This is a real treat: From the REDPATH MUSEUM of McGill University in Montreal, Quebec, we have a needlecase of needle-hitching
in sailtwine over a cane (bamboo) core with a nicely done stopper.  The case is done in reversing sections of needlehitching which
produces the herringbone effect and it has been varnished to the point that I doubt a nuclear device could penetrate the finish.  It's
lost it's "keeper" lanyard but it's made even more interesting by the letter that accompanied it when the museum got it...rolled up
inside the case.  (
Thanks to Barbara Lawson!)

"A Very Great Curiosity"

A Cane needle case given me by Mr. Gorham, 2nd mate (of broach)
"Woodsides" who has had it in his possession for fifteen years.  
He got it from his brother, who must have had it from ten to 12 years;
He got it from a very old seaman.   This small case has been all
round the world, (UNCLEAR) around Cape Horn and the Coast of
California, to different parts of Europe, at least ten times: round the
Cape of Good Hope to the East Indies twice: through the western
country as far as the Oregon Territory, to Halifax and Nova Scotia,
and even to Canada.

It is made of cane, hitched with twine, and has two turks-heads on.   
In my opinion it is a great curiosity.

Written at sea on board of ship "Woodside" while on her way to the
East Indies, in Latitude 21.12 South and Longitude 34.11 West.

Wednesday, 7th August, 1844

Jas. Campbell Gibb
A.D.R.L.
NAUTICAL
ANTIQUES  II
MOST pictures may
be expanded by
clicking on them
LAST REVISED
2007-01-12
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A very nice little lady's sewing basket made of small-stuff in
a macrame-type knotting.  Shows quite a bit of skill in it's
construction and is varnished overall, producing that darker
colour with which we have become familiar.  Lovely bit of
work!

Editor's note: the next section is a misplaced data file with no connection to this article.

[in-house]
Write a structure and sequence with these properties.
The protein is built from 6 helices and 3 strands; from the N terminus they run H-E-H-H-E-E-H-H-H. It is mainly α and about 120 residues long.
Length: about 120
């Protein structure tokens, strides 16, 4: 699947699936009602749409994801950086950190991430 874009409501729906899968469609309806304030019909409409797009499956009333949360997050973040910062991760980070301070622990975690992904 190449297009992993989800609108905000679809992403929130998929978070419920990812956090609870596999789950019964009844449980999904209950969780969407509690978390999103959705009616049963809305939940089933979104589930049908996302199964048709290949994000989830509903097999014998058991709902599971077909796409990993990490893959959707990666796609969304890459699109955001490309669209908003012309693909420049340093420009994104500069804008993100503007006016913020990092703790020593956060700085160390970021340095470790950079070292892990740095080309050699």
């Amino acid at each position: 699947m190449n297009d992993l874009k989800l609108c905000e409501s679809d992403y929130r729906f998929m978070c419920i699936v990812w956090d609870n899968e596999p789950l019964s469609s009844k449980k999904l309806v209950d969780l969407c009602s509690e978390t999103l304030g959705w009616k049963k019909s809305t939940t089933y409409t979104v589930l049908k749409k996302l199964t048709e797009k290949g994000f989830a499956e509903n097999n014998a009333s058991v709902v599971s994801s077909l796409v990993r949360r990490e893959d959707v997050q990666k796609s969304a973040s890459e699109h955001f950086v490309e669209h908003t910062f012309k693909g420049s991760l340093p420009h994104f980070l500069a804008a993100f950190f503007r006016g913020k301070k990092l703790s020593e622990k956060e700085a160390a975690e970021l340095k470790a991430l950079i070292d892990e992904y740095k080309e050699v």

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I suppose that when you're
stuck on a ship for three
years that ANYTHING will
help pass the time!  Here's a
toothpick set made of
bone/ivory and tortoise
shell, with a Masonic Hand
which doubles as a lanyard
attachment point.  
Considering that this is
about 3" long when closed,
it shews a considerable
skill on the part of the
maker!  Even the pin that
holds the picks in place is
of tortoise!
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Expandable...click on picture
Here is something which is slowly becoming a true rarity... not so much for the item itself, which is a pretty common find in nautical-themed antique
shops, but for the fact that it is undamaged as far as I can tell.  It is a cane which has been made of shark or large ray vertebrae.... carefully scraped
and dried, then size-matched for the taper and threaded onto a metal rod in the shape of a cane.  It was never meant to be a load-bearing 'cane' ,
"per-se", but rather was a decorative thing to carry when ashore or out for a stroll, as well as having enough heft to do some damage as a defensive
weapon should the need arise.  A great many of the shark canes found in shops have one or more vertebrae cracked, broken or missing.  The end of